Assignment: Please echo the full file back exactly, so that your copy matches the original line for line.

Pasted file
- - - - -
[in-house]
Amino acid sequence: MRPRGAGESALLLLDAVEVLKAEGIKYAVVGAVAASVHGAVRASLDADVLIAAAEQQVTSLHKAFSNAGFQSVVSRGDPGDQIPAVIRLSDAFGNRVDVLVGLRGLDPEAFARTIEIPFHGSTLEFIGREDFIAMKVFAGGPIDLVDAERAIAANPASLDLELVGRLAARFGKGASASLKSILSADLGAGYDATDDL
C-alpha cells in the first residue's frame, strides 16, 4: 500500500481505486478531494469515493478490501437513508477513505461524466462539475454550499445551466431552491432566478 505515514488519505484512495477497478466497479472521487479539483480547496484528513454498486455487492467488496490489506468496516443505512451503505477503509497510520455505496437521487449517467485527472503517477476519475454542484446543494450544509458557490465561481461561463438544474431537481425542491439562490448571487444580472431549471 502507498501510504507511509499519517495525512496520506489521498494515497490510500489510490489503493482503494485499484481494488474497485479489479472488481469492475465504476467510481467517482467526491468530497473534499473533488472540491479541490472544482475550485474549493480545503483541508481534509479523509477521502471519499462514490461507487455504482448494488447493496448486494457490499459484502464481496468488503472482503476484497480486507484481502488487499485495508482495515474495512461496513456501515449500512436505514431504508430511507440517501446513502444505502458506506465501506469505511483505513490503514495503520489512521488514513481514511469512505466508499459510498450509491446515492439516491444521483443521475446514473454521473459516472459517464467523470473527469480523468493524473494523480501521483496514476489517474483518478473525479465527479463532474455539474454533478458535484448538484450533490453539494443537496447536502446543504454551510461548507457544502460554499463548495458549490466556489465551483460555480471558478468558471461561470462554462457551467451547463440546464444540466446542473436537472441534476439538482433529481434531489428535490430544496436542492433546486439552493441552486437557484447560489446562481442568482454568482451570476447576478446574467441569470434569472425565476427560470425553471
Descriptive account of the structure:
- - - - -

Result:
[in-house]
Amino acid sequence: MRPRGAGESALLLLDAVEVLKAEGIKYAVVGAVAASVHGAVRASLDADVLIAAAEQQVTSLHKAFSNAGFQSVVSRGDPGDQIPAVIRLSDAFGNRVDVLVGLRGLDPEAFARTIEIPFHGSTLEFIGREDFIAMKVFAGGPIDLVDAERAIAANPASLDLELVGRLAARFGKGASASLKSILSADLGAGYDATDDL
C-alpha cells in the first residue's frame, strides 16, 4: 500500500481505486478531494469515493478490501437513508477513505461524466462539475454550499445551466431552491432566478 505515514488519505484512495477497478466497479472521487479539483480547496484528513454498486455487492467488496490489506468496516443505512451503505477503509497510520455505496437521487449517467485527472503517477476519475454542484446543494450544509458557490465561481461561463438544474431537481425542491439562490448571487444580472431549471 502507498501510504507511509499519517495525512496520506489521498494515497490510500489510490489503493482503494485499484481494488474497485479489479472488481469492475465504476467510481467517482467526491468530497473534499473533488472540491479541490472544482475550485474549493480545503483541508481534509479523509477521502471519499462514490461507487455504482448494488447493496448486494457490499459484502464481496468488503472482503476484497480486507484481502488487499485495508482495515474495512461496513456501515449500512436505514431504508430511507440517501446513502444505502458506506465501506469505511483505513490503514495503520489512521488514513481514511469512505466508499459510498450509491446515492439516491444521483443521475446514473454521473459516472459517464467523470473527469480523468493524473494523480501521483496514476489517474483518478473525479465527479463532474455539474454533478458535484448538484450533490453539494443537496447536502446543504454551510461548507457544502460554499463548495458549490466556489465551483460555480471558478468558471461561470462554462457551467451547463440546464444540466446542473436537472441534476439538482433529481434531489428535490430544496436542492433546486439552493441552486437557484447560489446562481442568482454568482451570476447576478446574467441569470434569472425565476427560470425553471
Descriptive account of the structure: